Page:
Telomere Length and Nutrition

24 January 2020 4 Comments

We already know that the telomere length is a key biomarker of our tissue renewal capacity and therefore an important indicator of our aging process.  Given this fact, this brings us to the questions of “How can we take care of our telomeres?” and “What measures can we take to preserve and maintain our telomeres as healthy as possible?” Below you can find various nutritional recommendations that can help you keep your telomere in the best condition possible.

A recent study published by a research group CIBERON (Center for Biomedical Research Network of Obesity and Nutrition), consisting of bibliography revision of scientific literature studies (59 observational studies and 11 clinical trials) that assess the relationship between the consumption of different foods, nutrients or diets with telomeric length, has concluded that a diet based on foods rich in antioxidants and anti-inflammatory compounds is associated with a longer telomere length.

On one hand, foods including fruits, vegetables, nuts and legumes that contains a high amount of these compounds are associated with longer telomeres. On the other hand, a diet that consists of saturated fats, alcohol, sugary drinks and that includes high consumption of processed meat will very likely lead to greater telomere shortening.

The below shown compounds are known to be have a positive effect on our telomeres helping their maintenance:

  • Omega-3 fatty acids

The anti-inflammatory and antioxidant properties, induced by these fatty-acids, can reduce telomere shortening as they decrease the oxidative damage of the DNA. Examples of foods rich in Omega-3 include fish and seafood, some nuts such as walnuts and soybean oils.

  • Polyphenols

Found in foods such as green tea, olive oil, red wine or whole grains are antioxidants and anti-inflammatory and have a positive impact on telomeres. This was also demonstrated in a study where mice were given polyphenols grape seed enriched diet.

  • Vitamins
    • Vitamin A – Contained in carrots, apricots, sweet potatoes or pumpkins as provitamin A, has an important role in the immune response.
    • Vitamin B9 / Folic acid – Related to the immune system and the integrity of DNA and its methylation, which has an impact on telomeres. This vitamin can be found in green leafy vegetables such as spinach and arugula, broccoli and legumes including beans and chickpeas.
    • Vitamin C – can be found in foods such as oranges, kiwis, blueberries, blackberries, raspberries, pomegranates, parsley or red pepper and has the ability to eliminate reactive oxygen species.
    • Vitamin D – A scientific article published in 2017 in the “Journal of Nutrition” concluded that those individuals with low Vitamin D had shorter telomeres than those whose levels were adequate. It can be found in foods such as blue and fatty fish (salmon, tuna or sardine) mushrooms, dairy products and avocados however, the main source of this vitamin is exposure to sunlight.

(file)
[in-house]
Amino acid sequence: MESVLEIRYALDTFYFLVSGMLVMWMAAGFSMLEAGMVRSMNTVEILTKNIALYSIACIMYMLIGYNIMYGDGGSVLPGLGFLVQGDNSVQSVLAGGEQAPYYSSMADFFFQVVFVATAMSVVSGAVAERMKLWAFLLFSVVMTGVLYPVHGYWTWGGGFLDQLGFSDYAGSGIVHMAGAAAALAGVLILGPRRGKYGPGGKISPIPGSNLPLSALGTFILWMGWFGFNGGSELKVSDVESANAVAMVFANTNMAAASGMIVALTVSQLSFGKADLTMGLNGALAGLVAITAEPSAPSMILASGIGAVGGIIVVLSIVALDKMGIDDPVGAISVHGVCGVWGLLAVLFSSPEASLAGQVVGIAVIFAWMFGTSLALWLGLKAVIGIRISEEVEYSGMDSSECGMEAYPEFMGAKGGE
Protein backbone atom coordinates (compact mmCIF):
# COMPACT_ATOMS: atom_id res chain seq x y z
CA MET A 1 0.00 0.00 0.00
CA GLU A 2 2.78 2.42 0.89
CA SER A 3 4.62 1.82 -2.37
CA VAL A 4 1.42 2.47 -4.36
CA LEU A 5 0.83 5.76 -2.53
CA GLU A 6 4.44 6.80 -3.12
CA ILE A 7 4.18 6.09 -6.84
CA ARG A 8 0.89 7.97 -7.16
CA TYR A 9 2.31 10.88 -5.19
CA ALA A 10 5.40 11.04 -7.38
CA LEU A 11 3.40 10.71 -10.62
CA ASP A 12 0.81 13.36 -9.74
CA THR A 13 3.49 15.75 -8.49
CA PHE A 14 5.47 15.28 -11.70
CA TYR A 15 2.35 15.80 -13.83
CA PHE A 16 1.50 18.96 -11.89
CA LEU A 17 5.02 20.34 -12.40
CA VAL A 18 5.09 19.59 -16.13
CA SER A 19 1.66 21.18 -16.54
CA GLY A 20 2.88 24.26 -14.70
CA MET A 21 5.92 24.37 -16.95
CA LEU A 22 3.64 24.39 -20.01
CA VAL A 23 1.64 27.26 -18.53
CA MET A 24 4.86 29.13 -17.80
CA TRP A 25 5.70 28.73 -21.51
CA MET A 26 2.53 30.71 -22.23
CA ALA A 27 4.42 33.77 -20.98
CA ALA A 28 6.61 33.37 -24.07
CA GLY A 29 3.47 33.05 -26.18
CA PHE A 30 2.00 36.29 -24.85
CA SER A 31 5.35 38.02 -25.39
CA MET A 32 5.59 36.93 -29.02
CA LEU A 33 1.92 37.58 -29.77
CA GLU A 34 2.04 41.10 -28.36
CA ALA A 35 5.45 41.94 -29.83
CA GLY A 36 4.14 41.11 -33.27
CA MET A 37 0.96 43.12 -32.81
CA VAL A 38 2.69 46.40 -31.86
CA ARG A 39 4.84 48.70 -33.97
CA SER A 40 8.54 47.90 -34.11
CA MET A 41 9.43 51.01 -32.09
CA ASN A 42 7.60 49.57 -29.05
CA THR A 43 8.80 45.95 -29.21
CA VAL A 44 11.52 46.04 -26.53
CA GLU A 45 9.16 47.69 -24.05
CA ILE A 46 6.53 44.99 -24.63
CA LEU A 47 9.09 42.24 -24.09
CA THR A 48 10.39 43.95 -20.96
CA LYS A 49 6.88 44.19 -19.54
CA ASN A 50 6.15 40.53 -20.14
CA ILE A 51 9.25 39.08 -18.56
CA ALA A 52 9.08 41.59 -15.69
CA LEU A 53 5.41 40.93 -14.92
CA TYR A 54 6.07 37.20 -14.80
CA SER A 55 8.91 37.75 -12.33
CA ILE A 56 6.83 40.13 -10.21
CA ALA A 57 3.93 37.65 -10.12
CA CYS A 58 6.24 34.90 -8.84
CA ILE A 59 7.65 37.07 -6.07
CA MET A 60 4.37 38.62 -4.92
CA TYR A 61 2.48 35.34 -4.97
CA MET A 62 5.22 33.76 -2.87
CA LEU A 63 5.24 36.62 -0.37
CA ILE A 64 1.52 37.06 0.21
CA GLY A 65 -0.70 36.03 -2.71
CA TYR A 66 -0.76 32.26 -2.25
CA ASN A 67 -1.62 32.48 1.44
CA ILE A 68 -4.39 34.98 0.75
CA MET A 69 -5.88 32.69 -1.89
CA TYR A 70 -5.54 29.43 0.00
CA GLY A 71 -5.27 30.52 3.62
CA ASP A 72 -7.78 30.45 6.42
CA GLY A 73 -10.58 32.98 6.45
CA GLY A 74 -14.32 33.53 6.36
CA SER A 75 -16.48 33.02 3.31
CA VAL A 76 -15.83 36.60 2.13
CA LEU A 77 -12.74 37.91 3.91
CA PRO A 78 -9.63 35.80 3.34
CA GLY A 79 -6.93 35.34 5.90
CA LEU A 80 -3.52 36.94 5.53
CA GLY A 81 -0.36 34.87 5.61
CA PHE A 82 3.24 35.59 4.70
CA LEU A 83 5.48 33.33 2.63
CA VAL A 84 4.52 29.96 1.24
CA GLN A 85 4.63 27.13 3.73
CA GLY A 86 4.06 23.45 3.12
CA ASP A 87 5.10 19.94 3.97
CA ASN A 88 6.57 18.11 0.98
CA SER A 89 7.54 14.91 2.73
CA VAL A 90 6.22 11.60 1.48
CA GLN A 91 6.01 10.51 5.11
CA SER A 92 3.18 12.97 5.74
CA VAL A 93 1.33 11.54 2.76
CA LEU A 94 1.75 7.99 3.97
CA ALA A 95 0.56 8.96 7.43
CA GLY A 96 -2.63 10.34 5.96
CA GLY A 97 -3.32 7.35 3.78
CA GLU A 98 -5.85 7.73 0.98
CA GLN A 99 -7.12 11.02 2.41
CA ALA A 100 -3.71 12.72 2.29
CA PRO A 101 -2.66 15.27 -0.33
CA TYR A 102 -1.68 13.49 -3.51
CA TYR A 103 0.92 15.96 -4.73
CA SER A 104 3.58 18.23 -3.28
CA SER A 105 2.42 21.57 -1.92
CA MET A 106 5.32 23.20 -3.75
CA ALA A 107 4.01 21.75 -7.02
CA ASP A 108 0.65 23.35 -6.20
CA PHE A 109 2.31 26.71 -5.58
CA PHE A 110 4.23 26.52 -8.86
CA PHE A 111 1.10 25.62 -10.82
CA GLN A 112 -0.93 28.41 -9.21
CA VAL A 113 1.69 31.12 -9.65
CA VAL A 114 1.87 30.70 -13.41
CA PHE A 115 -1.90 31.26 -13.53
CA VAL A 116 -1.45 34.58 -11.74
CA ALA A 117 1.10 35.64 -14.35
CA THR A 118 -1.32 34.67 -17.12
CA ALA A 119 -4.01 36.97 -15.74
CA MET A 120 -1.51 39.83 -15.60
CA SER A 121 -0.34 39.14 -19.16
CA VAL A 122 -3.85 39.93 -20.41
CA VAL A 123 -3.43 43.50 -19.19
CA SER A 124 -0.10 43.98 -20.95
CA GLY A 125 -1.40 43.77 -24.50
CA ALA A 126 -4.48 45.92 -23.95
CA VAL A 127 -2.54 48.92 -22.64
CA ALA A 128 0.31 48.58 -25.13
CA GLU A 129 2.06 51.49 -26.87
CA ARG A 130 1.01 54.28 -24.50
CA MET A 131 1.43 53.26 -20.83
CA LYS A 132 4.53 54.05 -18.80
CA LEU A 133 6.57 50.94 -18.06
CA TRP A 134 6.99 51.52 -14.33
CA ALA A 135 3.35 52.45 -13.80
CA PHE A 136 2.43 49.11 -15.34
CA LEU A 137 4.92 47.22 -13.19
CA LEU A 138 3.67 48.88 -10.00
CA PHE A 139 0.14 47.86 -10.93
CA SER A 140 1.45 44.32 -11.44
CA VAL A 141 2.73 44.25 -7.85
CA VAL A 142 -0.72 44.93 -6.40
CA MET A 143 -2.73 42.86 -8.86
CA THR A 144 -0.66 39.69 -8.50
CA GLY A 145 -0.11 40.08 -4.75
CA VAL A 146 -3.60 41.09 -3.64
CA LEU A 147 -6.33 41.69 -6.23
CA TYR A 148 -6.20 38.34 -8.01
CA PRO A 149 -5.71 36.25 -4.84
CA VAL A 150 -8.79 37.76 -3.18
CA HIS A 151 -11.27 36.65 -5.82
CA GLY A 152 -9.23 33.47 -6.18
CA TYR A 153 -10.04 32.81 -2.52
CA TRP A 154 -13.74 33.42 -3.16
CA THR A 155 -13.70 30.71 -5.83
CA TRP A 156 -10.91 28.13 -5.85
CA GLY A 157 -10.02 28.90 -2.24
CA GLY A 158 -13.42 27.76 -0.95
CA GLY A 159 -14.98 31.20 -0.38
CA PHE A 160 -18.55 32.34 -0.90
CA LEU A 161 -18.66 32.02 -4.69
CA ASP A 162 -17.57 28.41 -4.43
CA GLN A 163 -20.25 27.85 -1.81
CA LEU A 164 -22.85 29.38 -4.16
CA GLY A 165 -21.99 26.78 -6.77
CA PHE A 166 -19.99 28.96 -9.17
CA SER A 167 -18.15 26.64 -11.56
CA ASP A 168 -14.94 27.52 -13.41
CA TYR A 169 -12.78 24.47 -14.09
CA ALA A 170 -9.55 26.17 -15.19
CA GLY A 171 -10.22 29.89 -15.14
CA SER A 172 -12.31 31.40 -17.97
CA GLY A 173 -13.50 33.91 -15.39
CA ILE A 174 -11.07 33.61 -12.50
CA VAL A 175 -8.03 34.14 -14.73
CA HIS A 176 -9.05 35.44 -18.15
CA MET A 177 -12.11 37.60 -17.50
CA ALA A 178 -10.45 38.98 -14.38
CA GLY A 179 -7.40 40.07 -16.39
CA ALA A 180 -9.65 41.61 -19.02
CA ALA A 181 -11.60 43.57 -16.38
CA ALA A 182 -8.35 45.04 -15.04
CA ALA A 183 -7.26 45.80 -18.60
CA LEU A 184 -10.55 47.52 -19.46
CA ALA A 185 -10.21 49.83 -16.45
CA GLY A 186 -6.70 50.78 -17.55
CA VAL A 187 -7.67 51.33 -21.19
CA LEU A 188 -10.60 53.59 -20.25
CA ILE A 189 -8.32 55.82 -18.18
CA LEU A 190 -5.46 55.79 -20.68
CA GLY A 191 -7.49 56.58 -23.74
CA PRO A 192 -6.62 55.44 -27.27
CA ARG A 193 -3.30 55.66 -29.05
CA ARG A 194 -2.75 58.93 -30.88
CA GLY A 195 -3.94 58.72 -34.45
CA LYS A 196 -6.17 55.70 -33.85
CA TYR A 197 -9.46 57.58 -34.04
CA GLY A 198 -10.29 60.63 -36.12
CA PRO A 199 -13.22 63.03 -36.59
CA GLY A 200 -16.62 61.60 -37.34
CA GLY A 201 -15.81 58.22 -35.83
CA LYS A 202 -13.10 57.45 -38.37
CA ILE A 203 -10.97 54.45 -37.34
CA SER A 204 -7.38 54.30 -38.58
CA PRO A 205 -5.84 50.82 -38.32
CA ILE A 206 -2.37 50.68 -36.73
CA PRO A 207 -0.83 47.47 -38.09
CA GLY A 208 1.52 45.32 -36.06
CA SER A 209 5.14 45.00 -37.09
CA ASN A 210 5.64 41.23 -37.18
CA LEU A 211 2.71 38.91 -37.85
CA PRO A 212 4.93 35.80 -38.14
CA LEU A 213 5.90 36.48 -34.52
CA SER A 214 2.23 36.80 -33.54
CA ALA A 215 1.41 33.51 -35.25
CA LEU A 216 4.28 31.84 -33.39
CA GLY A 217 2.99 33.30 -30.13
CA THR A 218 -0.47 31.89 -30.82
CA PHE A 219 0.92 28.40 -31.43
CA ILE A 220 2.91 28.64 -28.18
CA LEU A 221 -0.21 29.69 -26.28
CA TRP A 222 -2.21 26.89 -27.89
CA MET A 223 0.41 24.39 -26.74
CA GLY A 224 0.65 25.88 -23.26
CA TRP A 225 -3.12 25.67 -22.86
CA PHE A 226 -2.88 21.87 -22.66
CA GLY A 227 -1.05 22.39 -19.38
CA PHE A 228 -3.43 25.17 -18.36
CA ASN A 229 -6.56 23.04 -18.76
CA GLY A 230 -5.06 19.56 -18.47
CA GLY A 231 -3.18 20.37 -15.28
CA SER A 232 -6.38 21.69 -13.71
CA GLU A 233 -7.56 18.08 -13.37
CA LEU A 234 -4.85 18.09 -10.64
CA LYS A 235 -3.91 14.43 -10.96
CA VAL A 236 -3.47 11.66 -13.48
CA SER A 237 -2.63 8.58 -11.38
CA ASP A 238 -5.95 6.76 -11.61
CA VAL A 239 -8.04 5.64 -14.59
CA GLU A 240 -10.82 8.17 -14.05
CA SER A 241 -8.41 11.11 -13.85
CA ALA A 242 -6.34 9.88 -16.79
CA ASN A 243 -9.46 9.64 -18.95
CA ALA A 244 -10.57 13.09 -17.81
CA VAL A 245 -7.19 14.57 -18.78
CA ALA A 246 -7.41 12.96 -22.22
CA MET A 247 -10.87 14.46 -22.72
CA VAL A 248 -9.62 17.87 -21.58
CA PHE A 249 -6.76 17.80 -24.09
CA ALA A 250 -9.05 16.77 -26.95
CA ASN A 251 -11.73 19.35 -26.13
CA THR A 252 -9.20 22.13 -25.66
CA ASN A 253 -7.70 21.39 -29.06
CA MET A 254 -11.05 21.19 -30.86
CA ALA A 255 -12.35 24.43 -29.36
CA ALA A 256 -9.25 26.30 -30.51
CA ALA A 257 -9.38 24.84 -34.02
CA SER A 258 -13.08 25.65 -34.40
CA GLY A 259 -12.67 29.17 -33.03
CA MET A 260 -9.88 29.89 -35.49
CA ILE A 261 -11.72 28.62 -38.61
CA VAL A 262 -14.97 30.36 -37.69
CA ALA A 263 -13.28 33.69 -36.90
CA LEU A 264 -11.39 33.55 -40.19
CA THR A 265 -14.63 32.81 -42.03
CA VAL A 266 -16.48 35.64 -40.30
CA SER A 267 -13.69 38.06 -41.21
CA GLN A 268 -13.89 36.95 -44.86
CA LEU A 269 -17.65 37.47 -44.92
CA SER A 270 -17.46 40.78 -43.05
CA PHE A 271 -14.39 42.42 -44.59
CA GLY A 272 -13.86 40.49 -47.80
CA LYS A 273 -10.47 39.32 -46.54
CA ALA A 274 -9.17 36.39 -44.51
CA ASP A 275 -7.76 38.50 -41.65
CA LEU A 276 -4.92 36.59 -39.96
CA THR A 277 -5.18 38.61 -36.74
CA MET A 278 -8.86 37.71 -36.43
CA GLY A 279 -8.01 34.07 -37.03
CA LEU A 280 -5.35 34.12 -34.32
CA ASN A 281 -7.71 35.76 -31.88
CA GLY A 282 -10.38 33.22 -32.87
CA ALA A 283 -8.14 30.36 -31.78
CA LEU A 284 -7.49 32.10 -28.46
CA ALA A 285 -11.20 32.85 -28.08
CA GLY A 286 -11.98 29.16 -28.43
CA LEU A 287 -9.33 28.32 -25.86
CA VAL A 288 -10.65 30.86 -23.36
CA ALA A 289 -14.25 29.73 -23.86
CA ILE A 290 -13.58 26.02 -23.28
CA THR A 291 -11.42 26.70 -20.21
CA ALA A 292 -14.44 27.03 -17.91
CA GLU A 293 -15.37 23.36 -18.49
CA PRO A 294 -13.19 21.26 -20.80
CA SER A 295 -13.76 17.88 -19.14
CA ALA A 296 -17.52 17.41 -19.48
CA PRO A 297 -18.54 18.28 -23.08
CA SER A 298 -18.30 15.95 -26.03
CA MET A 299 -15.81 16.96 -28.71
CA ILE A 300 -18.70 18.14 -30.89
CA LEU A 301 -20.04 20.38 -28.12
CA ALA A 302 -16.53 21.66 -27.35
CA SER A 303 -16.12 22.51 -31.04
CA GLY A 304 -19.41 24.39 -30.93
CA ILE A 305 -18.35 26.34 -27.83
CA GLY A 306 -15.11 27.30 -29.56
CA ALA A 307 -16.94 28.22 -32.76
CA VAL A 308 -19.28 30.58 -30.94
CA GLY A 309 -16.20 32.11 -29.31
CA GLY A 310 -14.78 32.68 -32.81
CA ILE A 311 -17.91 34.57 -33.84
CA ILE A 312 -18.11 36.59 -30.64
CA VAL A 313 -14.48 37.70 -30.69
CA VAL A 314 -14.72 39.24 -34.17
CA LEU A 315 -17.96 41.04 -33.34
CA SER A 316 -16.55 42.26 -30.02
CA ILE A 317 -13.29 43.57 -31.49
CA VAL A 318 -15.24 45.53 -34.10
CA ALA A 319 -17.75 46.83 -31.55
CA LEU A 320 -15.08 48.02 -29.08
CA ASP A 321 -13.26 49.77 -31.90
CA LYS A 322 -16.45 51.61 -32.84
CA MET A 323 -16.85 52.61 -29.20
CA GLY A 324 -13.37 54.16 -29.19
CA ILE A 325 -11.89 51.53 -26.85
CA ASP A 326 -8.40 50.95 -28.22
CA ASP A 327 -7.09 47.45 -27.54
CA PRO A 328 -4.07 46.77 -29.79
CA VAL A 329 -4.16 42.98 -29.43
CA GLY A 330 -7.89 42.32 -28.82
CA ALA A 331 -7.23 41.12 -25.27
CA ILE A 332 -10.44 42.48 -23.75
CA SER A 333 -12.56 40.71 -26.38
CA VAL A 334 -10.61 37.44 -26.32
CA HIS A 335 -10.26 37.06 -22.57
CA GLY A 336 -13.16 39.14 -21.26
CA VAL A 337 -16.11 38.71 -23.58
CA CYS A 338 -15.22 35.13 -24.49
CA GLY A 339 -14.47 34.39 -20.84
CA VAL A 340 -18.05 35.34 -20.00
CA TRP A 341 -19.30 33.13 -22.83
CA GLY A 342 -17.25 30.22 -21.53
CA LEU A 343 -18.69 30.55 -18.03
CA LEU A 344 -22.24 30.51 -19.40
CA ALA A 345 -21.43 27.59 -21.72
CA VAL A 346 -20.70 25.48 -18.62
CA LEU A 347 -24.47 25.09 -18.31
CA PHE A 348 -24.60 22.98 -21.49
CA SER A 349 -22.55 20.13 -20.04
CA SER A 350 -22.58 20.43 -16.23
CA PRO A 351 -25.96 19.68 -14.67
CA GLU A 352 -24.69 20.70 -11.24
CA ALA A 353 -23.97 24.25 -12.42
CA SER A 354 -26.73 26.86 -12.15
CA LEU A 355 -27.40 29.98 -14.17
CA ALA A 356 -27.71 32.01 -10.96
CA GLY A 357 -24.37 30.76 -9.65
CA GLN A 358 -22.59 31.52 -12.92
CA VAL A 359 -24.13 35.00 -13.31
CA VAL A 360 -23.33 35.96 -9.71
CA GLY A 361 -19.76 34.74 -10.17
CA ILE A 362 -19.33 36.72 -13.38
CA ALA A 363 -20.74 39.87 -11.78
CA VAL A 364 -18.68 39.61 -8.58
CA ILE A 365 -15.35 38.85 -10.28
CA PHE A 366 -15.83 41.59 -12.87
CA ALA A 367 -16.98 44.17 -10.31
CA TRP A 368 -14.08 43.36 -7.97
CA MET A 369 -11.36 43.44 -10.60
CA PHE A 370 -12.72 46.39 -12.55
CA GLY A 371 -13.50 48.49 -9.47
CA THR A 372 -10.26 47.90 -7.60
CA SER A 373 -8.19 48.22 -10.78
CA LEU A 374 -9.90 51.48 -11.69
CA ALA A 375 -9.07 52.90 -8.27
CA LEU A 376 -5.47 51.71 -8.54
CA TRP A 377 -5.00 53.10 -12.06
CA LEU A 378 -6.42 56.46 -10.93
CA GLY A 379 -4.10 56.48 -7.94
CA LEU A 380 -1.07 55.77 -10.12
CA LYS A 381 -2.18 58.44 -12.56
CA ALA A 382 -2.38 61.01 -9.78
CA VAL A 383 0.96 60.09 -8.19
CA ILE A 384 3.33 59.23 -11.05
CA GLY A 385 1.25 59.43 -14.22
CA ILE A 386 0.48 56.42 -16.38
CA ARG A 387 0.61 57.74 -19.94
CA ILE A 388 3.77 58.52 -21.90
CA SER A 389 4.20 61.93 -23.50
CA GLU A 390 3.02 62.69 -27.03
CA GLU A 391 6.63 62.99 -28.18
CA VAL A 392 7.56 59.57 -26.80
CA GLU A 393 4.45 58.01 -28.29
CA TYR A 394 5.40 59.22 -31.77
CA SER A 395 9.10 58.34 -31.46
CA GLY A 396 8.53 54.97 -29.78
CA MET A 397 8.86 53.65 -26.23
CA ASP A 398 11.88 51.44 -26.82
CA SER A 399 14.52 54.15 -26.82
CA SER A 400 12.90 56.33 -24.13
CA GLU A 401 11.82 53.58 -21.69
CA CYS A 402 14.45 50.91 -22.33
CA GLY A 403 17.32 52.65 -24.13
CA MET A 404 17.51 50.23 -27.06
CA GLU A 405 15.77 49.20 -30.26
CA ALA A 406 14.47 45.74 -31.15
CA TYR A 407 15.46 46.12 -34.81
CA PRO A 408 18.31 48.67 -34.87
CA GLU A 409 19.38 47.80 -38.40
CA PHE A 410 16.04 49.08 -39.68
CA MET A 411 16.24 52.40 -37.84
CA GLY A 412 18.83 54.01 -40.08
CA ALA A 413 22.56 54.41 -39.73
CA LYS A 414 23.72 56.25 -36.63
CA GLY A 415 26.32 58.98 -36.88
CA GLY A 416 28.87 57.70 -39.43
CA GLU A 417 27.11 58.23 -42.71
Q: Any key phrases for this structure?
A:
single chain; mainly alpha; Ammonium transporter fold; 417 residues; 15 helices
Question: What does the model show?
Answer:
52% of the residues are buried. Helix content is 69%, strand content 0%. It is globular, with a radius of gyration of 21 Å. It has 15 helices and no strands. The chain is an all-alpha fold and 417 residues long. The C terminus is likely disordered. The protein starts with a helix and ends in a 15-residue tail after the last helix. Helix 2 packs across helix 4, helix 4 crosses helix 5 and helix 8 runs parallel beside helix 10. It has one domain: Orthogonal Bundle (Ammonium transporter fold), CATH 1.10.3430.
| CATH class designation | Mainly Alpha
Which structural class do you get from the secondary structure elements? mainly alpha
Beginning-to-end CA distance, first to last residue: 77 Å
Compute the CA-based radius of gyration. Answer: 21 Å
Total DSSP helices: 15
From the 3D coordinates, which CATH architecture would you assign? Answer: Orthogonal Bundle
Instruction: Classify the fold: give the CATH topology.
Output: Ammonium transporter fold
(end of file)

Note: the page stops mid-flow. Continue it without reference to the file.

• Zinc and magnesium

These two micronutrients are associated with longer telomeres since they are known to be key compounds for maintenance of DNA stability. In order for your body not to lack these, you can include cocoa, nuts or seeds of different vegetables in your diet.


  • great article very informative and if you dont mind I would like to add a few details to the above mentioned supplement suggestions.

    1. Omega 3 fatty acids be sure to take a good quality products many lesser quality Omegs 3 supps are slightly rancid ( maybe the reason your getting fish burps) fish oil is very fragile and prone to rancidity and when they are rancid they actually have a negative effect on your health.
    2. Folic acid many people do not convert folic acid into the active form Folate and can result in high Homocystein levels so I would recommend taking the active form Folate to play it safe.
    3 when supplementing w/.Vitamin D always smart to take Vit K vitamin D’s bio regulator along with it so calcium deposits don’t end up in the wring places such as the arteries.
    live long and prosper

    • Life Length says:

      Dear Michael,

      Thank you for your response! We appreciate all constructive contributions!

      We would always recommend a non supplemented diet whenever it is possible to incorporate all nutrients from real whole foods or when you do not have a medical condition. Anyhow, the more information we have the better decissions we take, so again thank you for this useful information.

      Do not hesitate in contacting us at if you have any other doubt!

      Life Length’s Team

  • Nicole says:

    Can telomeres grow back?

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